Jazz X Lied (Purcell Room, 13 Nov)

Music from around the world and across eras, performed by an eclectic quartet led by bassist Love Orsan. Expect a mix of ballads, standards and romance, social reflection and melodic invention.

When Jakie Rabinowitz defies the traditions of his devout Jewish family by singing popular tunes in blackface, he runs away from home and becomes a jazz singer. But can he make it in the big city?

1. Joshua Redman & Gabrielle Cavassa

Globally acclaimed saxophonist Joshua Redman leads an exceptional group in an evening of captivating jazz. His new album Where Are We is both a celebration and a critique of America—a collection of songs about specific locations, an album of ballads, standards, romance, social reflection, melodic invention, and improvisation.

For this recording, the Berkeley saxophonist assembled an all-star group featuring pianist Aaron Parks, bassist Joe Sanders, and drummer Brian Blade plus vocalist Gabrielle Cavassa. Her beguiling blend of old-soul emotional vulnerability and legato phrasing coaxes Redman into luxuriant balladry.

2. Tori Freestone & Joe Webb

Tori Freestone is a star in the London jazz vocal scene. Her expressive, joyful style is steeped in tradition but is also able to tackle heartbreaking ballads with ease.

She is joined here by piano player Joe Webb, who has been a mainstay on the UK jazz scene for years with his own band and collaborations across genres.

This album reflects his ability to traverse genres and embrace a huge range of influences. It’s an exciting release that pushes the boundaries of contemporary music.

3. Geyser

Tension boils under the surface of this edgy and atmospheric composition by Norwegian saxophonist Marius Neset and London Sinfonietta. Then it explodes intermittently in aural eruptions of rhythmic energy.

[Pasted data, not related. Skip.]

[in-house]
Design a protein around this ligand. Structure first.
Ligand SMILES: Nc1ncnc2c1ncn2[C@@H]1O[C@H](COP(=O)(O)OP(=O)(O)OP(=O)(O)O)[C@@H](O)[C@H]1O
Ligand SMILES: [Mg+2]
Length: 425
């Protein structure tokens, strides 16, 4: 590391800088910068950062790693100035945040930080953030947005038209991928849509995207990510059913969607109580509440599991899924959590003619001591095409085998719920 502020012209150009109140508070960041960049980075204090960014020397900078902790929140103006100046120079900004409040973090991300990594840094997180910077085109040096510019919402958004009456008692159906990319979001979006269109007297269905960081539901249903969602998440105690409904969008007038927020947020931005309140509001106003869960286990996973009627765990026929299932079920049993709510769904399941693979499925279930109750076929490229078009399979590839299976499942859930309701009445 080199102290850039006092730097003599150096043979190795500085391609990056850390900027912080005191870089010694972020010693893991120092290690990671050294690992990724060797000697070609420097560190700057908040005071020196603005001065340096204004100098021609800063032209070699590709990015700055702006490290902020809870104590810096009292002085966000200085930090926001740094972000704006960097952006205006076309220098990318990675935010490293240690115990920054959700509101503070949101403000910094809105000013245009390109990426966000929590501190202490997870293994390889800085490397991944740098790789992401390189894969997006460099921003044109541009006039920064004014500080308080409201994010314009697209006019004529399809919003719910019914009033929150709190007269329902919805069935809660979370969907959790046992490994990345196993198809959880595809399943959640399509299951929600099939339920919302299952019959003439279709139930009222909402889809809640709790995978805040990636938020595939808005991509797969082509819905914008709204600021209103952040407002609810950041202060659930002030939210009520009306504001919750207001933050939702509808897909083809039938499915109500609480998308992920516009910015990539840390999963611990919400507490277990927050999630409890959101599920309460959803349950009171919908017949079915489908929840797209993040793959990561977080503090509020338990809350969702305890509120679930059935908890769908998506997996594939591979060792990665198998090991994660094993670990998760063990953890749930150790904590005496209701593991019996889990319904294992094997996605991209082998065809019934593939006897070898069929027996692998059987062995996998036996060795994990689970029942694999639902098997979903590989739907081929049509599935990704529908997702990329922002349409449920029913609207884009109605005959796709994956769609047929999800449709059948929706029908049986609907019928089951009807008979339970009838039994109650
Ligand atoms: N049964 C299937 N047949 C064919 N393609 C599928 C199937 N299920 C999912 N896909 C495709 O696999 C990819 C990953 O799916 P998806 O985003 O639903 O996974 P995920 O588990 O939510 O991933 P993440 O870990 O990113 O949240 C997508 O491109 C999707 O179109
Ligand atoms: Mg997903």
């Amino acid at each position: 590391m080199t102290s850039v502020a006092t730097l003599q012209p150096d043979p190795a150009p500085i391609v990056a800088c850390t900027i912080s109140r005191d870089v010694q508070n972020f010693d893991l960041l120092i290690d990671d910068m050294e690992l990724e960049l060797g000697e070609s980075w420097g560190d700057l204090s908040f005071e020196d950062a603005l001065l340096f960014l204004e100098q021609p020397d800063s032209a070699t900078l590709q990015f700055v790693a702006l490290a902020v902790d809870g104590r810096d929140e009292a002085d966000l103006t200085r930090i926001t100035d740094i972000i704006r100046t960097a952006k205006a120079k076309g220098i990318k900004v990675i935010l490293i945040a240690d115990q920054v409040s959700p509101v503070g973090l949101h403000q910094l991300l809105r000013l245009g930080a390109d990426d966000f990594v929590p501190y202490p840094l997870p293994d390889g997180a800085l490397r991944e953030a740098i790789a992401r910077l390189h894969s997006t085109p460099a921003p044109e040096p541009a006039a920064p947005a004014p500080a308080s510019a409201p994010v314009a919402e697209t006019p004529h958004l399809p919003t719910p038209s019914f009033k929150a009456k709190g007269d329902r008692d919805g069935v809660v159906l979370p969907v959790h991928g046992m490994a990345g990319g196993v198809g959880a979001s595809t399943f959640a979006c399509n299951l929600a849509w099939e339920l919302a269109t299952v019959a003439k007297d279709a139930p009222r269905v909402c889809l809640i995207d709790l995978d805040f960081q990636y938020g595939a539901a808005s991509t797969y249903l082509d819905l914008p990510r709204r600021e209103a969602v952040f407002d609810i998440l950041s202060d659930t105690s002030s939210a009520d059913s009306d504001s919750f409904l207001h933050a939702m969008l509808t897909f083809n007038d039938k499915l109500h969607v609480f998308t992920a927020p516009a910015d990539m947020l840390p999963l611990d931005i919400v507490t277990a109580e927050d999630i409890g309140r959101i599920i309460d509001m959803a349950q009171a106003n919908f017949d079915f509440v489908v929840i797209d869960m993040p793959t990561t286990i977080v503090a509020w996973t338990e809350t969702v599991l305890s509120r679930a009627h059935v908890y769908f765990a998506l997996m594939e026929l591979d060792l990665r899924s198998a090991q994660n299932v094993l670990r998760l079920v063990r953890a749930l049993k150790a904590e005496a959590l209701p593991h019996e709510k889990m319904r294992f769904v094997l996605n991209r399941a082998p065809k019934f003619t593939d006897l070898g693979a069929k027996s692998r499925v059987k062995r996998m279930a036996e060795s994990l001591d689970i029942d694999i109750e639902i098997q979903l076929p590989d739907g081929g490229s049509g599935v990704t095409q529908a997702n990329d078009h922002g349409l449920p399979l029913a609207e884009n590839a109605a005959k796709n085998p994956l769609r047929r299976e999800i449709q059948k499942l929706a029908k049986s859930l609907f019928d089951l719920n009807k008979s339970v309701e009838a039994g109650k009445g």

To accentuate the band’s sound and image, LD Steve Lieberman placed four Geyser RGB foggers from CHAUVET DJ on the Yuma tent stage roof. These powerful DMX-controllable LED foggers shoot plumes of colored water-based fog 25’ in the air, illuminating it with any combination of red, green and blue LEDs.

4. Cecile McLorin Salvant & London Sinfonietta

With poise, elegance, soul and humour, American jazz singer Cecile McLorin Salvant combines vaudeville, blues, folk traditions from around the globe, musical theatre and baroque music to create her own interpretations of classic jazz standards. With her Grammy-nominated album WomanChild and the UK premiere of her song cycle Ogresse (Purcell Room, 13 Nov), Salvant brings a fresh perspective and renewed sense of drama to these well-known songs.

Raised in a bilingual household (her teacher mother was French, her doctor father Haitian), the Miami-born Salvant has won critical acclaim and accolades for her remarkable talent.

5. Wayne Shorter & Charles Lloyd

No tenor player cast a longer shadow than John Coltrane, and his students have included Wayne Shorter, Archie Shepp, Pharoah Sanders and Charles Lloyd. The latter, a recent NEA Jazz Master, can evoke Billie Holiday’s supple voice and vocal spirit — and shear the soul with harmonic adventure.